10 SES 11 D, ‘Professionalism’ and the Governance of Teacher Education across the British Isles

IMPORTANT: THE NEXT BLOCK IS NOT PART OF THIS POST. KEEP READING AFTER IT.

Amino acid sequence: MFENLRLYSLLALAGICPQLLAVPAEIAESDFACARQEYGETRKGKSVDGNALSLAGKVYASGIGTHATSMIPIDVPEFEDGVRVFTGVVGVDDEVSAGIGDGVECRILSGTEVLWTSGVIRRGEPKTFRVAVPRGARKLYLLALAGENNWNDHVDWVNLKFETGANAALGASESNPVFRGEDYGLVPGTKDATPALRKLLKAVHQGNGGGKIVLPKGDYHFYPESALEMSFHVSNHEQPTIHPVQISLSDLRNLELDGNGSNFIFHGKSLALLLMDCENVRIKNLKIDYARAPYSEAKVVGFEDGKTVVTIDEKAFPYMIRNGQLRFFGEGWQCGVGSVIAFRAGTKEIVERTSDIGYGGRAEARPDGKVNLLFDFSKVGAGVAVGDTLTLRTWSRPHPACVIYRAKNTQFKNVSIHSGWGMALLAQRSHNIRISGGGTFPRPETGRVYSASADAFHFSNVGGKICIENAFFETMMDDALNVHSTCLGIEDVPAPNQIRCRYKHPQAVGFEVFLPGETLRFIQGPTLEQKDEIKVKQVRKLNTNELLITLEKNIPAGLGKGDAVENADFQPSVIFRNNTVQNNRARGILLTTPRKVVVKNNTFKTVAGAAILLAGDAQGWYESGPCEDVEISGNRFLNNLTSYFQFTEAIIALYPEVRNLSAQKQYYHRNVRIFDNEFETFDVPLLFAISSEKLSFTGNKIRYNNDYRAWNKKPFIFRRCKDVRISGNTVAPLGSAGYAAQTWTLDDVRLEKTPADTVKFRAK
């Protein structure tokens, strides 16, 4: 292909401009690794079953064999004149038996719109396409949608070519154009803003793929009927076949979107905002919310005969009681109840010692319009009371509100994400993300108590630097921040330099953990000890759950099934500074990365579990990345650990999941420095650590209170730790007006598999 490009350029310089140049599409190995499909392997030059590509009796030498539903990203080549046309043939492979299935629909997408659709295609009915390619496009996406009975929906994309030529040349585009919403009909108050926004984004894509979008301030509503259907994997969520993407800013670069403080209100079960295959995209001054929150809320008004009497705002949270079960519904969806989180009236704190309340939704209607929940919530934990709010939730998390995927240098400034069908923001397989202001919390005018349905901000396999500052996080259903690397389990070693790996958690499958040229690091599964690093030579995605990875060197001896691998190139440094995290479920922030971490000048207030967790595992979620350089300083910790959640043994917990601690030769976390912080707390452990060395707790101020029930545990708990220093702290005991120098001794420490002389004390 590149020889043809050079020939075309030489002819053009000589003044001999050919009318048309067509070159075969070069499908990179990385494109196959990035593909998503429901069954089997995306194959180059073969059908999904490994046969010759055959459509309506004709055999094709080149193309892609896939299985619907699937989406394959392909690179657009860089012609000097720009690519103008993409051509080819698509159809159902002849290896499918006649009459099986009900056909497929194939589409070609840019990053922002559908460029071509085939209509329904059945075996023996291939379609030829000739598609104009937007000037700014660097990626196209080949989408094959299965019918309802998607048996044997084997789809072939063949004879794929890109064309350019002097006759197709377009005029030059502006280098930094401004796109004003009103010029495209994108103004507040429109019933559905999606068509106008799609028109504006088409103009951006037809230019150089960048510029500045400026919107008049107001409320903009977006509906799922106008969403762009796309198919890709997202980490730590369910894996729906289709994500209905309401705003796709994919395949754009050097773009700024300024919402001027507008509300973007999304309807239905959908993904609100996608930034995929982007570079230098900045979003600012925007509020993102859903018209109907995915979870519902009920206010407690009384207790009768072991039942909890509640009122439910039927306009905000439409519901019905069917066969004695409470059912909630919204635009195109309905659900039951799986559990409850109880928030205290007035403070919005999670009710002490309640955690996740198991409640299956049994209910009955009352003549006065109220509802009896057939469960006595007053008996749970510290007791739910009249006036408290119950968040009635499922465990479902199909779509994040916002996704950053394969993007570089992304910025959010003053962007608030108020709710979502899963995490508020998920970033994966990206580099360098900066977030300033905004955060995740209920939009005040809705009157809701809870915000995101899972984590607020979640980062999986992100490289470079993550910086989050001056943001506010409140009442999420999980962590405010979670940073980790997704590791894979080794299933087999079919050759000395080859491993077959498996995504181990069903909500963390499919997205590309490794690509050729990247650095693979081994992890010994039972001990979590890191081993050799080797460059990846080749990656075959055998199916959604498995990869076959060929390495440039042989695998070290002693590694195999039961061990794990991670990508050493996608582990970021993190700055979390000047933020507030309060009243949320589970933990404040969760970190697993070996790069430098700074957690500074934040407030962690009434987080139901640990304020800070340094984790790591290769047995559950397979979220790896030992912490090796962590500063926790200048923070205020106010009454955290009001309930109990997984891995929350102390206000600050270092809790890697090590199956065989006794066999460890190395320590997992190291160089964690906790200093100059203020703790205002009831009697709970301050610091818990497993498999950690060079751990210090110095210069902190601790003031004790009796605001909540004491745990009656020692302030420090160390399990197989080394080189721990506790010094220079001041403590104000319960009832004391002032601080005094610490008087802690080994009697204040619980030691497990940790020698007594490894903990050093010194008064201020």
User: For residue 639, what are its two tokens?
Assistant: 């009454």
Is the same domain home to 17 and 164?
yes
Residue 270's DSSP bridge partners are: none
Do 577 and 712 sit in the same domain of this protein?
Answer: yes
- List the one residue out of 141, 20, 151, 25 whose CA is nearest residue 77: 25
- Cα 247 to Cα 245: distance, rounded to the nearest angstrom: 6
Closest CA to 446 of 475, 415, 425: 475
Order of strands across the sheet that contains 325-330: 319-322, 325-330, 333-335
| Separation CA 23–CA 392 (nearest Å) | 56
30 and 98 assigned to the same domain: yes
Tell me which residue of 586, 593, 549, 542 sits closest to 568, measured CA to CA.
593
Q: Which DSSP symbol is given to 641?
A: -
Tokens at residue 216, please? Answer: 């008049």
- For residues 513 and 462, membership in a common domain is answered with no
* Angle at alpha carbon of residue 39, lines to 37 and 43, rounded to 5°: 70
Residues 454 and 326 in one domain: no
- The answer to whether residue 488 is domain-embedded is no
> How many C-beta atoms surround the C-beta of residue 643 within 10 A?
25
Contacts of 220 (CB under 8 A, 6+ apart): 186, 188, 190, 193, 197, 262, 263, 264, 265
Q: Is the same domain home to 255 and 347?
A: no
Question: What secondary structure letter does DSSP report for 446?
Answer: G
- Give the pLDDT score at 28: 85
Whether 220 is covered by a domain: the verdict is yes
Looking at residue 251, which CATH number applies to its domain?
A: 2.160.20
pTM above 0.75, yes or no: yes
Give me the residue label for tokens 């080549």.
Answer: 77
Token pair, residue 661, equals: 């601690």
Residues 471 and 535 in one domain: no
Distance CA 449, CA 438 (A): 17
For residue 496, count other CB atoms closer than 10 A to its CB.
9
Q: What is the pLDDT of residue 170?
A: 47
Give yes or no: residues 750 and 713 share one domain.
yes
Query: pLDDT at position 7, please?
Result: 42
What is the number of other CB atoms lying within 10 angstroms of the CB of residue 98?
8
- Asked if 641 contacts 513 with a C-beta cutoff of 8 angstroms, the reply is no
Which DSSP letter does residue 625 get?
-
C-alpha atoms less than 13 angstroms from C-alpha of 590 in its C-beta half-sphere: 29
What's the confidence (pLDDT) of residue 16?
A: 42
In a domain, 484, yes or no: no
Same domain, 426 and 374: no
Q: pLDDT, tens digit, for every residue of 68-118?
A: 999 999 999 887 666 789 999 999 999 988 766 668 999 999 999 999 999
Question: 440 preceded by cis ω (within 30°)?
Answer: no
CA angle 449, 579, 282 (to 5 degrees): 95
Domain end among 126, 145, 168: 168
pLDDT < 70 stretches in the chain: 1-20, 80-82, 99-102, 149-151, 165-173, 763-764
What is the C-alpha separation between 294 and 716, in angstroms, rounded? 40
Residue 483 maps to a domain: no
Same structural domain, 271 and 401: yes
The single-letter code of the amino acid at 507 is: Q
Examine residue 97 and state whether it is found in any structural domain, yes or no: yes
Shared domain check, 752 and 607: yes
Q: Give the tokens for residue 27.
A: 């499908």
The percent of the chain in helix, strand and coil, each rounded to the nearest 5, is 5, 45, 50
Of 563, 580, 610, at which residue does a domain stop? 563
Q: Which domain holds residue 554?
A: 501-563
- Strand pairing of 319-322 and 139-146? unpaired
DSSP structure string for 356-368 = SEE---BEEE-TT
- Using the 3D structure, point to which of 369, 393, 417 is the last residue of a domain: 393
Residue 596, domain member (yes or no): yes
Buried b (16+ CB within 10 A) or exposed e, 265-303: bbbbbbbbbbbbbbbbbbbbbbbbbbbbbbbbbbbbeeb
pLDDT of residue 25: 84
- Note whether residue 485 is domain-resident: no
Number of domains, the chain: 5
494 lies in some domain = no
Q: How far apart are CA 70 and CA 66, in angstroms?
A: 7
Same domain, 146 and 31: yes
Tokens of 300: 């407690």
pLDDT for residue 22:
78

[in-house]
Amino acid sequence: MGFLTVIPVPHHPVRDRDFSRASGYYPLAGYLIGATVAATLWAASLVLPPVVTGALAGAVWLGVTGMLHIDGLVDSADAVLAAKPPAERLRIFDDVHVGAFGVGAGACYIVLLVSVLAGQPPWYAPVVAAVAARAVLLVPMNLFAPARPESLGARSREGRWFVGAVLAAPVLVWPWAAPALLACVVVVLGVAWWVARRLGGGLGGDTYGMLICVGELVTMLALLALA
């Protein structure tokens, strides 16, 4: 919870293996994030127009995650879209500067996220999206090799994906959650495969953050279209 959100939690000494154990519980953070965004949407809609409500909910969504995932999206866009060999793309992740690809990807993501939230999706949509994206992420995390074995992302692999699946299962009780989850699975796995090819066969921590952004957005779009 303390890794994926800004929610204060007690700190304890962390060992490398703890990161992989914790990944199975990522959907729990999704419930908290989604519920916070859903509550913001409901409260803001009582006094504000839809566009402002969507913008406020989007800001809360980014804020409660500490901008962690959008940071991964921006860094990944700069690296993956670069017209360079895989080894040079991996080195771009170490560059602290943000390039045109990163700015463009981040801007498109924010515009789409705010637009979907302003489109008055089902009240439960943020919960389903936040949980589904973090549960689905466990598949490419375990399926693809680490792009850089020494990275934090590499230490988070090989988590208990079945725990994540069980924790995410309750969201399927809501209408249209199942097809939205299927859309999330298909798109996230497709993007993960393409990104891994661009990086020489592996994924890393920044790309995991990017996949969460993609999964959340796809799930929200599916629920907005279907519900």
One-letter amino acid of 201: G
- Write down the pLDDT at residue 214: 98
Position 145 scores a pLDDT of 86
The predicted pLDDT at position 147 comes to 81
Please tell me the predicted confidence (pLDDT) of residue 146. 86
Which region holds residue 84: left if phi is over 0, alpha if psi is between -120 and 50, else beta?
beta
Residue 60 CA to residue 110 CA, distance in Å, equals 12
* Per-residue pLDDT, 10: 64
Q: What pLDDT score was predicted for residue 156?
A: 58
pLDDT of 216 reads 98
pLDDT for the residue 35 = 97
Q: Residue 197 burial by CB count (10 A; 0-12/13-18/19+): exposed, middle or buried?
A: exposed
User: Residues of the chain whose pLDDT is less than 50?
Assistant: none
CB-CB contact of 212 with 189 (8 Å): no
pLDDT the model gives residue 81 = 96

Since devolution in 1998, the Welsh Government has taken an increasingly independent approach to education policy and practice, distinguishable from the more radical policies adopted in England . The past three decades has seen an initial swing from central political influences, locally implemented, through a period of individual professional focus, then back again to politically-directed priorities. Recent change has seen re-designation of funding priorities driven by a performance imperative and reinforced by a redefined inspection framework. The reaction of the teaching profession to these changes has been compliant, possibly justified by the need to respond to the position of Wales as the lowest of the four UK nations in the PISA rankings. The Welsh Government rejected proposals from the professional body, the GTCW, to introduce a Chartered Teacher programme and a Professional Development Framework for Teachers and introduced its own Practice, Review and Development Framework in 2011. Similarly, the introduction of revised professional standards for teachers and school leaders was instigated by Welsh Government rather than by ‘the Profession’ itself. Reference to ‘the teaching profession’ in Wales, therefore, requires closer analysis and the use of comparative indicators from the other UK nations provides helpful enlightenment.
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